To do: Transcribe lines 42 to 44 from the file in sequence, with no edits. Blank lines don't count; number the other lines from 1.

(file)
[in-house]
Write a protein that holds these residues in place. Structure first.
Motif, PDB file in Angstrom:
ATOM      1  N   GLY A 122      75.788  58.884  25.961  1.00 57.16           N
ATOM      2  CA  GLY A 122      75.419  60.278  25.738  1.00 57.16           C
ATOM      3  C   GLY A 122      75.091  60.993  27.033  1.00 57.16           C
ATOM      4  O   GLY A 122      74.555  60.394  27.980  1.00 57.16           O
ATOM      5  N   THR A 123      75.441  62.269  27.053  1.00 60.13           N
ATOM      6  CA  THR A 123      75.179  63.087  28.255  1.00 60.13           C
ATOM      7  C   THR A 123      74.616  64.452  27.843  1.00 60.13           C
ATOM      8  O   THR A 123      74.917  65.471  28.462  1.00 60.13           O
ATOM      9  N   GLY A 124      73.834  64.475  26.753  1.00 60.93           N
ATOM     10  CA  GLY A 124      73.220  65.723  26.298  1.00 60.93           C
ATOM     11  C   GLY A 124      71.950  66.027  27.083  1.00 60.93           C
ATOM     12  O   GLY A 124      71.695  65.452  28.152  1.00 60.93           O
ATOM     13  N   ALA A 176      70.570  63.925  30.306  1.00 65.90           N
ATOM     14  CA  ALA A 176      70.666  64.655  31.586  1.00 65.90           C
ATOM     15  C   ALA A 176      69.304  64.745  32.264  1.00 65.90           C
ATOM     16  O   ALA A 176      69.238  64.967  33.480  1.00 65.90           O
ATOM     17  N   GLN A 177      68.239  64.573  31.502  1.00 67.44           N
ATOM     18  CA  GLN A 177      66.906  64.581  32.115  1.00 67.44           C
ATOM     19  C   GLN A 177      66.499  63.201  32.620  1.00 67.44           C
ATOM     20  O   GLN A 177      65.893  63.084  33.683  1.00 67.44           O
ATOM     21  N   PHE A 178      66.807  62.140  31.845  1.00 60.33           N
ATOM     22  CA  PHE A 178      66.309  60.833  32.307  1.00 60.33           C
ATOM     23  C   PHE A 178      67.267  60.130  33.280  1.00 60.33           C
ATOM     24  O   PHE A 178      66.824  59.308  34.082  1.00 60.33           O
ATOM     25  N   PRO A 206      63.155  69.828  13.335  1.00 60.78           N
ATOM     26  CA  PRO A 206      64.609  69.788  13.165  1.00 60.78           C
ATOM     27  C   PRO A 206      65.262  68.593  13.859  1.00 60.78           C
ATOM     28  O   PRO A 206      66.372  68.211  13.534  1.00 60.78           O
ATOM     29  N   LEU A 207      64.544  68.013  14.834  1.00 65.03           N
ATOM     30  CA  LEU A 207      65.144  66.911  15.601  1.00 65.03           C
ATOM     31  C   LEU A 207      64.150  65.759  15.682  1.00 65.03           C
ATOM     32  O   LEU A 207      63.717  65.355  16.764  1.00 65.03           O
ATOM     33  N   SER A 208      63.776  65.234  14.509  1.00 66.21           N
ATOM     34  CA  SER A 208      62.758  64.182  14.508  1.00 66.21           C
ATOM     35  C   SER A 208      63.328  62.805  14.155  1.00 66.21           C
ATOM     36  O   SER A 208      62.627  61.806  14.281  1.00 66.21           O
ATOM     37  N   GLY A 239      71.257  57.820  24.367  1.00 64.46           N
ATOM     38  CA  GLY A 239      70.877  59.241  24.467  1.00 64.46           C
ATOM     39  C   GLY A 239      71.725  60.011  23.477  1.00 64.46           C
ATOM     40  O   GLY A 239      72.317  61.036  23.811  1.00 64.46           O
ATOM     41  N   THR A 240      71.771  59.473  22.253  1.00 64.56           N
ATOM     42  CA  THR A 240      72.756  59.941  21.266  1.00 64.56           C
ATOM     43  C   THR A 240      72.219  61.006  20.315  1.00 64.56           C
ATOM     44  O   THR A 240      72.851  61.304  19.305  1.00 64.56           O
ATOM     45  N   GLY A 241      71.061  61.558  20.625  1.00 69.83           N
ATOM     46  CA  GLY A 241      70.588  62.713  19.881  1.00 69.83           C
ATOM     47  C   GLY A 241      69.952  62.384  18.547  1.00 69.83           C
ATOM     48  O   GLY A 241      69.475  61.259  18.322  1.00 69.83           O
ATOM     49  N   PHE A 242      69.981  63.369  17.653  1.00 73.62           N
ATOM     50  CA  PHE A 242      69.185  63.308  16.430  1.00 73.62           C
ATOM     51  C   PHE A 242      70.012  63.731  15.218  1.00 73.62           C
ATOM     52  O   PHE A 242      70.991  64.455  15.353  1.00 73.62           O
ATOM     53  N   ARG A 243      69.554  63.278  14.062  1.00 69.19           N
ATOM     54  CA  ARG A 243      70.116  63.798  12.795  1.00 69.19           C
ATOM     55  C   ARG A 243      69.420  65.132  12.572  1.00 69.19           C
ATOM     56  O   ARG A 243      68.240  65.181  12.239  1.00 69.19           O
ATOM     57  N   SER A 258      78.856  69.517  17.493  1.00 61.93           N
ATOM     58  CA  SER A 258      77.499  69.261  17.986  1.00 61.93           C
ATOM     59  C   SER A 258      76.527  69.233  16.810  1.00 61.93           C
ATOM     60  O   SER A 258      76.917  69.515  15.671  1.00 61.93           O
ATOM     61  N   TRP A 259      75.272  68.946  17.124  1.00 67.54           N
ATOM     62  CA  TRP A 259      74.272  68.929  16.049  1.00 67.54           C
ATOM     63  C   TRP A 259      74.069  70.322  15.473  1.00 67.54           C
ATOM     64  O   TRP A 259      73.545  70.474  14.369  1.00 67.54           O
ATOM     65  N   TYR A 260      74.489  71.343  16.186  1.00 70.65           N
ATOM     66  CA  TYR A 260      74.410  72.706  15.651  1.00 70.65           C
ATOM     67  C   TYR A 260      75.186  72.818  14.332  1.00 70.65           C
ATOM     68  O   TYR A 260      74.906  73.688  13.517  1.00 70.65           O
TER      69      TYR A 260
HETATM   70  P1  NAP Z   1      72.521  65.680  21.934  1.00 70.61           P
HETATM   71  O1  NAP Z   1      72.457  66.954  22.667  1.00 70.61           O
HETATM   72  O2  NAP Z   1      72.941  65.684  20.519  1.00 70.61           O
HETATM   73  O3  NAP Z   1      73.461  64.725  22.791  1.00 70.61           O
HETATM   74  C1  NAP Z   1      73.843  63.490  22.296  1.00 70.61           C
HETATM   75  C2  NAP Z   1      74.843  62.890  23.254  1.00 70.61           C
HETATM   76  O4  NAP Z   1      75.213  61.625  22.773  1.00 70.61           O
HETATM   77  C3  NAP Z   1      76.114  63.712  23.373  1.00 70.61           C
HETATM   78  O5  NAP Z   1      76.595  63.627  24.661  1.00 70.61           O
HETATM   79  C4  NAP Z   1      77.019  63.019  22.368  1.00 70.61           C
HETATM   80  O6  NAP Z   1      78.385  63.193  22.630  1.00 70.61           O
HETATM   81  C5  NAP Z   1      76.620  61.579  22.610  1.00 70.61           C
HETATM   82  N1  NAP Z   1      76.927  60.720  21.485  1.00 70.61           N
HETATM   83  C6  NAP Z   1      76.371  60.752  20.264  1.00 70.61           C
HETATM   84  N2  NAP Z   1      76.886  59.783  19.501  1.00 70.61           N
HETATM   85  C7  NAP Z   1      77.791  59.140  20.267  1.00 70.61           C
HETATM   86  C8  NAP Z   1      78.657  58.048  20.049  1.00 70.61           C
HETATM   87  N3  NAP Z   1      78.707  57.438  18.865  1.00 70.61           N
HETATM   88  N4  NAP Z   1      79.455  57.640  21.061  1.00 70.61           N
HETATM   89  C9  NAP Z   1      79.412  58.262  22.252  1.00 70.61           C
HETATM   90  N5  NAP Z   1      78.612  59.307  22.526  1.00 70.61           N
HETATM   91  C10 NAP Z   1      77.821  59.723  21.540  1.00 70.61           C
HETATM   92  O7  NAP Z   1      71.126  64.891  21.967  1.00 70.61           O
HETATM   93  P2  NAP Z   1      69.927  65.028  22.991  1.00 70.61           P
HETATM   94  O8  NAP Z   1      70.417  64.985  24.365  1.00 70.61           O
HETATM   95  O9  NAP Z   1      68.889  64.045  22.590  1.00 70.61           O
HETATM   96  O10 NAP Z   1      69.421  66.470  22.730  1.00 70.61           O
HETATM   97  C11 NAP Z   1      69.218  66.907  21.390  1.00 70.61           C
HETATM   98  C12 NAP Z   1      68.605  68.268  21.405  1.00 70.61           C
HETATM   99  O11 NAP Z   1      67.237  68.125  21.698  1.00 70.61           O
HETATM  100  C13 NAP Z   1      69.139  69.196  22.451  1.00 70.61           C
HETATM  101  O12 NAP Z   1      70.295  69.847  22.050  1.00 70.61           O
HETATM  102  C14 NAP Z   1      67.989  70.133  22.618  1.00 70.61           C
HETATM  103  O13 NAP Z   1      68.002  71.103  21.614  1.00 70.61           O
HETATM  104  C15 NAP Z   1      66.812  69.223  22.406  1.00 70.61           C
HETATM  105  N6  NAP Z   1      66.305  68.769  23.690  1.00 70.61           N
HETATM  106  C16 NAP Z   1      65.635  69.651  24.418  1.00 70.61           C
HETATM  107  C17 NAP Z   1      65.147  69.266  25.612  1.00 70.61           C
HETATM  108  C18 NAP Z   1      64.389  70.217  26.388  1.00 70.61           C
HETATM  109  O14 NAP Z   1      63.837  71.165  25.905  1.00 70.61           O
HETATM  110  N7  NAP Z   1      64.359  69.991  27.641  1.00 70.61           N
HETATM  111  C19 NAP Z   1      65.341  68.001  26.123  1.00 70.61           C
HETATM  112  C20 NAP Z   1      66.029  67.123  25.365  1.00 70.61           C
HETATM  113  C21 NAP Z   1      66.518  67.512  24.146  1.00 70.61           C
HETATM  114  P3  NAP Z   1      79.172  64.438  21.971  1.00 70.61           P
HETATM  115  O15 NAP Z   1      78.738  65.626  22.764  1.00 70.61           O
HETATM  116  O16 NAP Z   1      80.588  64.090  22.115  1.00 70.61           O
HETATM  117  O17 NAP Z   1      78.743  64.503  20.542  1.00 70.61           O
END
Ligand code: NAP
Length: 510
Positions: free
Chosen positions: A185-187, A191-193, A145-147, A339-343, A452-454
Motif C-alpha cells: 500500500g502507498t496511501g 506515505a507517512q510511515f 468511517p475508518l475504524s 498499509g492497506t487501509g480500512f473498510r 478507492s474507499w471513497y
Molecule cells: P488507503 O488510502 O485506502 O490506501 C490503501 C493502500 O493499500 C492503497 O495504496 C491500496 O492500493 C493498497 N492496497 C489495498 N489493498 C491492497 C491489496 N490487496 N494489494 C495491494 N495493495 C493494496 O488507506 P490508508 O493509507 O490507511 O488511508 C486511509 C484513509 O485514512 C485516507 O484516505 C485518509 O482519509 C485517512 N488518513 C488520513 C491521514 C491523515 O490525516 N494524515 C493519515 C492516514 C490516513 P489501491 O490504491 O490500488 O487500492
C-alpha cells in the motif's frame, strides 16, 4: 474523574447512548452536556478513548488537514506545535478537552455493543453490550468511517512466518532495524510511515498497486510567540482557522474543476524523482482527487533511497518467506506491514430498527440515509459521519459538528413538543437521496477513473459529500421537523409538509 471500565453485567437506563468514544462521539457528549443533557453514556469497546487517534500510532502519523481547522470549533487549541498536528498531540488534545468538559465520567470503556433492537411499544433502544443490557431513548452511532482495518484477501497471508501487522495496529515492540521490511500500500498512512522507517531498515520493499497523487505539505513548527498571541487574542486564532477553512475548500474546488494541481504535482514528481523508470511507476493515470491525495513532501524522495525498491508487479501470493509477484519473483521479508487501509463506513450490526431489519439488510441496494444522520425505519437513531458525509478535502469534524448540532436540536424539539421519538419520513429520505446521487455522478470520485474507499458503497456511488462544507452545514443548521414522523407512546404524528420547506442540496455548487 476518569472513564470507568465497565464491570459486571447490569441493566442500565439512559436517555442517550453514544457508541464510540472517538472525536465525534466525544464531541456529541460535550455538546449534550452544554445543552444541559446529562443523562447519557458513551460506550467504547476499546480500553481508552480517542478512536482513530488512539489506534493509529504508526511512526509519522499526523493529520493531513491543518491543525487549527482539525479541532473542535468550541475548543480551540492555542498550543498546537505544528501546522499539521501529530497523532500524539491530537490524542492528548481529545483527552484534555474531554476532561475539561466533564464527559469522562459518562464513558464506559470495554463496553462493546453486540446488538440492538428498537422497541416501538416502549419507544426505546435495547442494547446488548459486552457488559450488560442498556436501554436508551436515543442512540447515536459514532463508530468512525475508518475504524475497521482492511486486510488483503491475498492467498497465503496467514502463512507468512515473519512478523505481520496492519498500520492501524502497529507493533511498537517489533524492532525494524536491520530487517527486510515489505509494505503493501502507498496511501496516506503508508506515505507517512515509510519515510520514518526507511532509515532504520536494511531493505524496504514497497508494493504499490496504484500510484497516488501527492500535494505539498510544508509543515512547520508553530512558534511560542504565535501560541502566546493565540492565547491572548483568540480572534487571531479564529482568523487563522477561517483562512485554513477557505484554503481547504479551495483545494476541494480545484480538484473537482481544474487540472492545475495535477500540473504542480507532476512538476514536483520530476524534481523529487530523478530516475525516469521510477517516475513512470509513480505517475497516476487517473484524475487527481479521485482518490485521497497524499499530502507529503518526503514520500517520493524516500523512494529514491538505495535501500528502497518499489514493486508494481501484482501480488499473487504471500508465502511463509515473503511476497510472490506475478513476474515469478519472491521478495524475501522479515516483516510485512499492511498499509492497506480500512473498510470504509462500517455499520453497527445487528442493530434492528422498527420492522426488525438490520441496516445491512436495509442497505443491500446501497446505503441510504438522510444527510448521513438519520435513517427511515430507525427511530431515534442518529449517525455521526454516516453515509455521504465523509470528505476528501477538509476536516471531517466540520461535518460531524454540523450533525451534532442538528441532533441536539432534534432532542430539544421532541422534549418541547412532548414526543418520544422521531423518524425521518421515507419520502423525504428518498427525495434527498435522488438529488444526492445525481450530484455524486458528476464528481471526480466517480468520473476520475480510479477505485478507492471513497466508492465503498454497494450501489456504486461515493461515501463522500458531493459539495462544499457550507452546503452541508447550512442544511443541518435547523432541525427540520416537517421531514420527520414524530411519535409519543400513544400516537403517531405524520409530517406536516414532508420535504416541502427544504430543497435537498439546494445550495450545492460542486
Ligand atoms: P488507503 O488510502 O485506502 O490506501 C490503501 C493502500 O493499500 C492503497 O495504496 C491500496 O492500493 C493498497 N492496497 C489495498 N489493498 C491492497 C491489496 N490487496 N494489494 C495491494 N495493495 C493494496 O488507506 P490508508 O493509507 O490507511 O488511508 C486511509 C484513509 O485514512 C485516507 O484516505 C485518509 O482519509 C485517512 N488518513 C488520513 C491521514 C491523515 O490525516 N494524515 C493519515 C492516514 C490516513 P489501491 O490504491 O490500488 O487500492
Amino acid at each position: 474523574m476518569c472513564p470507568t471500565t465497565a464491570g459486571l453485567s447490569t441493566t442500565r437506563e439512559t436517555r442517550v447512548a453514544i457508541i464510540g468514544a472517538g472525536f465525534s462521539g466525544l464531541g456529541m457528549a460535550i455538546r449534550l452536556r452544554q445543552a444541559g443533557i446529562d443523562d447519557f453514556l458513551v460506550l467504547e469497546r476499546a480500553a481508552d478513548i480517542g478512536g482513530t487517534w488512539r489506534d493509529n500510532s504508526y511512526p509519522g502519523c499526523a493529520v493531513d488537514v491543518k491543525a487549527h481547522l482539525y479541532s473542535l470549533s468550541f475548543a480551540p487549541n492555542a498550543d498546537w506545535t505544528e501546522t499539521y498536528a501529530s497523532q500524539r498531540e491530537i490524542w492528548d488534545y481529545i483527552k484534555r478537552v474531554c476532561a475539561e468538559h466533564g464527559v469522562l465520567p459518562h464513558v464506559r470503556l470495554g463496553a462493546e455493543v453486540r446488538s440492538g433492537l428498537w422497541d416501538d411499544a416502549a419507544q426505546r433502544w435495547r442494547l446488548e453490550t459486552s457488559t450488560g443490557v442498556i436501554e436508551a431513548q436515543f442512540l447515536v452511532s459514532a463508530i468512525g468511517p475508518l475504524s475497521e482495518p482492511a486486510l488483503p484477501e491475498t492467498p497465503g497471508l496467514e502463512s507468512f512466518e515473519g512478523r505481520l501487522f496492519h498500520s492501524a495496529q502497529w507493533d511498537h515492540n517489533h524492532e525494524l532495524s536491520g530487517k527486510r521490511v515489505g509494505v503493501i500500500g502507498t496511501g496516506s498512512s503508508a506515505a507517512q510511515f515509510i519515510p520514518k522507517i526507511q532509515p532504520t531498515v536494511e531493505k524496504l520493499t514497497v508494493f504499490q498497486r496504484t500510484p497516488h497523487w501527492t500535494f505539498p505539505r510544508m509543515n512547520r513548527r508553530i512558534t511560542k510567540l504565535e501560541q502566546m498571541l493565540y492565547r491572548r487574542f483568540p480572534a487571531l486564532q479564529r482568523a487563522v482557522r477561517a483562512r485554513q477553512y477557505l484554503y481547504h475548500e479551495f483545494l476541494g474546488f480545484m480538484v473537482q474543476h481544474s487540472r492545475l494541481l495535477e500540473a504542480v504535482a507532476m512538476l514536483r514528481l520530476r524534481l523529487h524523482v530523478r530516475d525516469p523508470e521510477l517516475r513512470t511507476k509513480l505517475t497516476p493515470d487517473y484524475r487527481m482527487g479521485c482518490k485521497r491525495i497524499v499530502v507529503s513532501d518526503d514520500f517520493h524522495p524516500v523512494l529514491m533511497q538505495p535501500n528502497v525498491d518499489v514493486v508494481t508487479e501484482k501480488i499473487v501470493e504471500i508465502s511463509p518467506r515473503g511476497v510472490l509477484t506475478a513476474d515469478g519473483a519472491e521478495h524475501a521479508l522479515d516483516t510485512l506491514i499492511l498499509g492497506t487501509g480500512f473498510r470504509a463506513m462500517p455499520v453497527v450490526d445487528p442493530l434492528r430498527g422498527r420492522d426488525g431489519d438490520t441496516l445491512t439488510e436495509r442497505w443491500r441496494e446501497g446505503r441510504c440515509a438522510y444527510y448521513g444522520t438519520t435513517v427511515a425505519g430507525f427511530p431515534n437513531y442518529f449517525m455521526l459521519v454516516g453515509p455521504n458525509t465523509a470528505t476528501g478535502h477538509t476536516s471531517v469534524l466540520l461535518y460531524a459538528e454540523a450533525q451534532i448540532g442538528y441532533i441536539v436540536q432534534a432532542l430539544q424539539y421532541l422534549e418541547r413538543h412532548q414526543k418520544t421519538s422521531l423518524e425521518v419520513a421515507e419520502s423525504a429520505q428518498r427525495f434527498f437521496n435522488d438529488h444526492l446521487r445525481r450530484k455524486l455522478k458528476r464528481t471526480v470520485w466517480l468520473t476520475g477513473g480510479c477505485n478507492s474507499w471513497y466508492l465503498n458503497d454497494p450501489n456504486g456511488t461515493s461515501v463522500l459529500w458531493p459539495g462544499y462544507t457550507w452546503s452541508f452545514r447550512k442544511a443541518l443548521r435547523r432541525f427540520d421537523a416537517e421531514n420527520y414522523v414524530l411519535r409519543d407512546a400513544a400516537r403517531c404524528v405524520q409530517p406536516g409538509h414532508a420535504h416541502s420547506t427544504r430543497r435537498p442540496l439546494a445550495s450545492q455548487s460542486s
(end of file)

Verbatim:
ATOM     39  C   GLY A 239      71.725  60.011  23.477  1.00 64.46           C
ATOM     40  O   GLY A 239      72.317  61.036  23.811  1.00 64.46           O
ATOM     41  N   THR A 240      71.771  59.473  22.253  1.00 64.56           N